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The commodities exported from Britain were chiefly hides and tin. This metal was then thought peculiar to the island, and was in much request abroad, both in nearer and remoter regions. Some silver mines were also known, but not in common use, as the inhabitants had but little knowledge how to dig, refine, or improve them. Pearls also were frequently found on their shores, but neither clear nor coloured like the oriental; and therefore, in no great esteem among strangers. They had but little iron; and what they had, was used either for arms, or for rings, which was a sort of money current among them. They had brass money also but this was all brought from abroad.

Their language, customs, religion, and government, were generally the same with those of the Gauls, their neighbours of the Continent. As to their government, it consisted of several small principalities, each under its respective leader, and this seems to be the earliest mode of dominion with which mankind is acquainted, and deduced from the natural privileges of paternal authority. Whether these small principalities descended by succession or were elected in consequence of the advantages of age, wisdom, or valour in the families of the princes, is not recorded. Upon great, or uncommon dangers, a commander in chief was chosen by common consent, in a general assembly; and to him was committed the conduct of the general interest, the power of making peace or leading to war In the choice of a person of such power, it is easy to suppose, that unanimity could not always be found; whence it often happened, that the separate tribes were defeated one after the other before they could unite under a single leader for their mutual safety.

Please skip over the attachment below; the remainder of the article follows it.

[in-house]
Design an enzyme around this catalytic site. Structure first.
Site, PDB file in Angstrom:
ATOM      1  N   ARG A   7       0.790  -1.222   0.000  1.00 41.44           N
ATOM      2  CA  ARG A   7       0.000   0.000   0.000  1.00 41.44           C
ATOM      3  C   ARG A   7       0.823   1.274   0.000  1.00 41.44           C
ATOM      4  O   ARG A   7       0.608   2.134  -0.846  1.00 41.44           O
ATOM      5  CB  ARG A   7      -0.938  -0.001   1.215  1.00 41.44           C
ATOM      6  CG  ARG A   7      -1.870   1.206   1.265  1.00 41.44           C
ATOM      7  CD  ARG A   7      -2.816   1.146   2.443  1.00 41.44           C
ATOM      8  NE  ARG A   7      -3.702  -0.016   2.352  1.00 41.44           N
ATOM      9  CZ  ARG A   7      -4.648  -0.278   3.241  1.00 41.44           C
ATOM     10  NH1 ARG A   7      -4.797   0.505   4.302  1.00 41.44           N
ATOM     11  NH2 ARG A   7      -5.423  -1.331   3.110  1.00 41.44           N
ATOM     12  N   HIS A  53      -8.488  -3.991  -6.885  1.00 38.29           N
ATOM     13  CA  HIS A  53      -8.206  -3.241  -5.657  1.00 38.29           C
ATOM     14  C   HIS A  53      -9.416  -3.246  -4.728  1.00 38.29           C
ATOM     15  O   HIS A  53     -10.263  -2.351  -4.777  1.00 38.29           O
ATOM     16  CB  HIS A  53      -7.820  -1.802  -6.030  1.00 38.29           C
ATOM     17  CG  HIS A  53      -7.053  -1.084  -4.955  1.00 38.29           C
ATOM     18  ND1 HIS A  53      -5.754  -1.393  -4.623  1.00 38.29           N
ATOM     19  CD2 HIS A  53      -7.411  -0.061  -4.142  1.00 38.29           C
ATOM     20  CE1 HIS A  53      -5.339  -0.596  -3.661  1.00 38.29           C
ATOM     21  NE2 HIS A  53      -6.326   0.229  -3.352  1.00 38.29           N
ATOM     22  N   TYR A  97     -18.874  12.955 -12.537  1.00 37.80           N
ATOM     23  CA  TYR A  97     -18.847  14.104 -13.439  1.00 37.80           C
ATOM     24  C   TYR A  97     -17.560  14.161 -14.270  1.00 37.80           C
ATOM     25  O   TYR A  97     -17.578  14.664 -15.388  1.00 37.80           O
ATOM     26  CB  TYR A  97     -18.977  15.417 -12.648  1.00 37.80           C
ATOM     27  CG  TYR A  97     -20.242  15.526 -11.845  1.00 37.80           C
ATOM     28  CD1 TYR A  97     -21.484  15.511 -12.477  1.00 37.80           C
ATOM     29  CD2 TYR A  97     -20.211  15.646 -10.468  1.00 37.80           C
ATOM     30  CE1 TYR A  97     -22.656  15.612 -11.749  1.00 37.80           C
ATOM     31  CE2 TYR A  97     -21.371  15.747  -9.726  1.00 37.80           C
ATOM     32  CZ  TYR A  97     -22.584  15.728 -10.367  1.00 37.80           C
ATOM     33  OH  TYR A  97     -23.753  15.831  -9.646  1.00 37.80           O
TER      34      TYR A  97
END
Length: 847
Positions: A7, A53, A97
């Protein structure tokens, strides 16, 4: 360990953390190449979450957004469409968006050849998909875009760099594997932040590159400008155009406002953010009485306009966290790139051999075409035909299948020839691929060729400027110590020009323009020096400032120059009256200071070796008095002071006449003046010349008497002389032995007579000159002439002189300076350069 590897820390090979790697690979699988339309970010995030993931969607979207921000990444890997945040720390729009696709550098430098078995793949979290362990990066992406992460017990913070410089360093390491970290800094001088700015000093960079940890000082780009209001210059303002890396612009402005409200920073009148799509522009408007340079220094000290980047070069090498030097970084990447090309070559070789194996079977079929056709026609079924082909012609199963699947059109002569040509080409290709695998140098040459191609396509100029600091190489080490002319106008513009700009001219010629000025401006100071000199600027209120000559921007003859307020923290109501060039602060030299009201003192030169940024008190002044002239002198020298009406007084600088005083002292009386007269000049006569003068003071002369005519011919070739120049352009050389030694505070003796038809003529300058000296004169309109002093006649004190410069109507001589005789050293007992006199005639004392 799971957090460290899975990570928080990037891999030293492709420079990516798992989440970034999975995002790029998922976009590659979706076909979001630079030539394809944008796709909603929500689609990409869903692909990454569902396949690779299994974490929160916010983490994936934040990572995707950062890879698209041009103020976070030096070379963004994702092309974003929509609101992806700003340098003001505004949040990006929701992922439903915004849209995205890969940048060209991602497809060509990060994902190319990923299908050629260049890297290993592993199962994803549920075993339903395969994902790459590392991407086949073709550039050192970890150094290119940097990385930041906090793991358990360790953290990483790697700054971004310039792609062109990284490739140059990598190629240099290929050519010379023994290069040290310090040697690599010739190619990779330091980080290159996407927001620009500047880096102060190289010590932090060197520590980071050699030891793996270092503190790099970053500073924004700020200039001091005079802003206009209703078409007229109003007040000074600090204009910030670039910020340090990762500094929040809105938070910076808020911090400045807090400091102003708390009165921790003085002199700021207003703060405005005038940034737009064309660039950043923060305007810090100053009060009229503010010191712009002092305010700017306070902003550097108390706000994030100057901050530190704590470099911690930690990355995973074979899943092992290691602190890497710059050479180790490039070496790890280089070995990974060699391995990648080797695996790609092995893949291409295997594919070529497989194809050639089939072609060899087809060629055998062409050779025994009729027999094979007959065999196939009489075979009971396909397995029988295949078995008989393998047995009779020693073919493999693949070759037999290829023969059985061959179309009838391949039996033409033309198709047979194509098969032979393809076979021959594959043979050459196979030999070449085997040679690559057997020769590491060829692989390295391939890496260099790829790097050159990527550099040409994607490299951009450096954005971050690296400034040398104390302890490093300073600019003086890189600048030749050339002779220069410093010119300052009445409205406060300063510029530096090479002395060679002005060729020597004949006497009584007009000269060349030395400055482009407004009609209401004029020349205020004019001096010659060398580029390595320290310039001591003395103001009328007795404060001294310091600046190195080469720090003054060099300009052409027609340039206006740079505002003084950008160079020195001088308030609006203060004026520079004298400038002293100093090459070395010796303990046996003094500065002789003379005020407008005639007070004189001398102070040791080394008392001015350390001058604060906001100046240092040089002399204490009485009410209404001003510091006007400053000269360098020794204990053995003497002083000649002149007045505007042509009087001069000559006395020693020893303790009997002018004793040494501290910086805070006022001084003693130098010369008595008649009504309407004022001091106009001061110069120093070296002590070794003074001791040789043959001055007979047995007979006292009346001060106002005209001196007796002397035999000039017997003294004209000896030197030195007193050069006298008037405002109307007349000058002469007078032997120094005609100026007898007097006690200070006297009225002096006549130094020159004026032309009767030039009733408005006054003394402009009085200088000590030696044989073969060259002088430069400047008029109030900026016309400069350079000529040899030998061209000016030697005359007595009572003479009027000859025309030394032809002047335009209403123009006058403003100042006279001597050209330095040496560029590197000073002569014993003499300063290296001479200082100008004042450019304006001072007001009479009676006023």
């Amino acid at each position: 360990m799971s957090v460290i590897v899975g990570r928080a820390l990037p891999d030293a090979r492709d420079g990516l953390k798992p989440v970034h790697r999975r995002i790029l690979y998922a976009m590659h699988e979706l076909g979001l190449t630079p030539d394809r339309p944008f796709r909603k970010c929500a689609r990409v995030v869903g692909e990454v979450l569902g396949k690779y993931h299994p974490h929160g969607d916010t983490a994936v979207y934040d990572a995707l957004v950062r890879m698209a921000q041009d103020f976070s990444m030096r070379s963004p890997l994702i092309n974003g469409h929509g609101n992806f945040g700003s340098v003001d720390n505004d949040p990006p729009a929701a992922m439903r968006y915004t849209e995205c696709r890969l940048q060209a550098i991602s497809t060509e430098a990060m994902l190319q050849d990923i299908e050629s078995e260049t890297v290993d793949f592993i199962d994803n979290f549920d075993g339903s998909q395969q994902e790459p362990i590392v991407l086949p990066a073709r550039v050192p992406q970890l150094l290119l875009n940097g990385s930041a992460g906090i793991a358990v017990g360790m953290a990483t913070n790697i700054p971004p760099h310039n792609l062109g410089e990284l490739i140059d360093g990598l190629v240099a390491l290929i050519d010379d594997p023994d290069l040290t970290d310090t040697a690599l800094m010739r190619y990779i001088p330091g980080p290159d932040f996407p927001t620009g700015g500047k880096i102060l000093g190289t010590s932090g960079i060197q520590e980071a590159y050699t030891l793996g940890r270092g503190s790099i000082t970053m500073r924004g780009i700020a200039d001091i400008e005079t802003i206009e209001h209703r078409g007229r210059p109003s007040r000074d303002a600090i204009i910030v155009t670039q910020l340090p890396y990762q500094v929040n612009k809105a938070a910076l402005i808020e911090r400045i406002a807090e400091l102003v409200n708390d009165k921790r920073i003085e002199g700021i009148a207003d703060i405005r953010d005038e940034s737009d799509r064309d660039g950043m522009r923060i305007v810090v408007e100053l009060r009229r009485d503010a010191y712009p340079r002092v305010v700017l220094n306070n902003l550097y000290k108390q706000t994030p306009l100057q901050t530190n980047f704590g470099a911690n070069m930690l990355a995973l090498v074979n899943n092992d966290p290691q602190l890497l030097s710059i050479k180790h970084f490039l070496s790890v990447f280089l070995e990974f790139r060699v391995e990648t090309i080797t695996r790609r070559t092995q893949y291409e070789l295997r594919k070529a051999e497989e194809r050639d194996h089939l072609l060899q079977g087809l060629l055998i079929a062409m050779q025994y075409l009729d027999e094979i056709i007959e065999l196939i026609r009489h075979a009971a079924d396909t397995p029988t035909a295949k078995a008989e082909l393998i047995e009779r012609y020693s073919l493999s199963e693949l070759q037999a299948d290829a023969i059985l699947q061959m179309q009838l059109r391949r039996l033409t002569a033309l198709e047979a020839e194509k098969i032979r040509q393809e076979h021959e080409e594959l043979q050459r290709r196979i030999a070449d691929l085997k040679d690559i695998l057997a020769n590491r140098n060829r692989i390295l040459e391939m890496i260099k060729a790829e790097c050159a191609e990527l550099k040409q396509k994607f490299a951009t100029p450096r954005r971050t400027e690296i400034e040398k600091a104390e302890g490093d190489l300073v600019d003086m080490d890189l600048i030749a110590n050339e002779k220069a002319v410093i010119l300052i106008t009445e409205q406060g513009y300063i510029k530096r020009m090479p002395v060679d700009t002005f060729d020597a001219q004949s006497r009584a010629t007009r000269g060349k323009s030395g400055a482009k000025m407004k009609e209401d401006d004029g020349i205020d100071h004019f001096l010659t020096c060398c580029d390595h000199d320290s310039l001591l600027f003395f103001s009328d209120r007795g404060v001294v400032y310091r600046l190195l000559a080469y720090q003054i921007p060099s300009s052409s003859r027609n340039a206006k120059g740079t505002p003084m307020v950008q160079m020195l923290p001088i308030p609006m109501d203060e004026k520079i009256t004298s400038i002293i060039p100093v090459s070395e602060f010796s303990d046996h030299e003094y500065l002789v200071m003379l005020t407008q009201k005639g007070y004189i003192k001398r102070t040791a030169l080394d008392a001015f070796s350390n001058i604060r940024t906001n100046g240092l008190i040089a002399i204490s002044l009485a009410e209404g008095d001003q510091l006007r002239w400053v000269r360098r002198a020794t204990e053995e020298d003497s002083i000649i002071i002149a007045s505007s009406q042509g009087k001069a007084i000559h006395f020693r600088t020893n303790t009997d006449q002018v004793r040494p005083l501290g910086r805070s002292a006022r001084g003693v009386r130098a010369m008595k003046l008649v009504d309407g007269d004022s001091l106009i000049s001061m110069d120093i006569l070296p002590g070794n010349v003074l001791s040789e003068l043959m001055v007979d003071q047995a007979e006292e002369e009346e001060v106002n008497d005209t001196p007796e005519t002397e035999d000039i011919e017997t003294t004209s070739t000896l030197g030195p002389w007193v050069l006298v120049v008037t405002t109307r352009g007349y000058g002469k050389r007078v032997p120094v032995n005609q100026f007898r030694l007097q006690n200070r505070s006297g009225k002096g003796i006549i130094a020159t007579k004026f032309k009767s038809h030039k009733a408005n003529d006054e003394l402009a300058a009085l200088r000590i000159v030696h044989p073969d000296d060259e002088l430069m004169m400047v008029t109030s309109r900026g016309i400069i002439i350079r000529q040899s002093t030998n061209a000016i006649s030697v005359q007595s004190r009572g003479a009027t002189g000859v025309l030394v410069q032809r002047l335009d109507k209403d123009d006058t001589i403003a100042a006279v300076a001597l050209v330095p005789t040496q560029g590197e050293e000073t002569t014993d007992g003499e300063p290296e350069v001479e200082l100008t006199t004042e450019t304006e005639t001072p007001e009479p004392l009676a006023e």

Their forces consisted chiefly of foot, and yet they could bring a considerable number of horse into the field upon great occasions. They likewise used

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chariots in battle, which, with short scythes fastened to the ends of the axletrees, inflicted terrible wounds, spreading terror and devastation wheresoever they drove. Nor while the chariots were thus destroying, were the warriors who conducted them unemployed. These darted their javelins against the enemy, ran along the beam, leapt on the ground, resumed their seat, stopt, or turned their horses at full speed, and sometimes cunningly retreated, to draw the enemy into confusion. Nothing can be more terrible than the idea of a charioteer thus driving furiously in the midst of dangers; but these machines seem to have been more dreadful than dangerous, for they were quickly laid aside, when this warlike people was instructed in the more regular arts of war.

The religion of the Britons was one of the most considerable parts of their government; and the Druids, who were the guardians of it, possessed great authority among them. These endeavoured to impress the minds of the people with an opinion of their skill in the arts of divination ; they offered sacrifices in public and private, and pretended to explain the immediate will of Heaven. No species of superstition was ever more terrible than theirs; besides the severe penalties which they were permitted to inflict in this world, they inculcated the eternal transmigration of souls; and thus extended their authority as far as the fears of their votaries. They sacrificed human victims, which they burned in large wicker idols, made so capacious as to contain a multitude of persons at once, who were thus consumed toge ther. The female druids plunged their knives into the breasts of the prisoners taken in war, and prophesied from the manner in which the blood happened to stream from the wound. Their altars consisted of four broad stones, three set edge-ways, and the fourth at top, many of which remain to this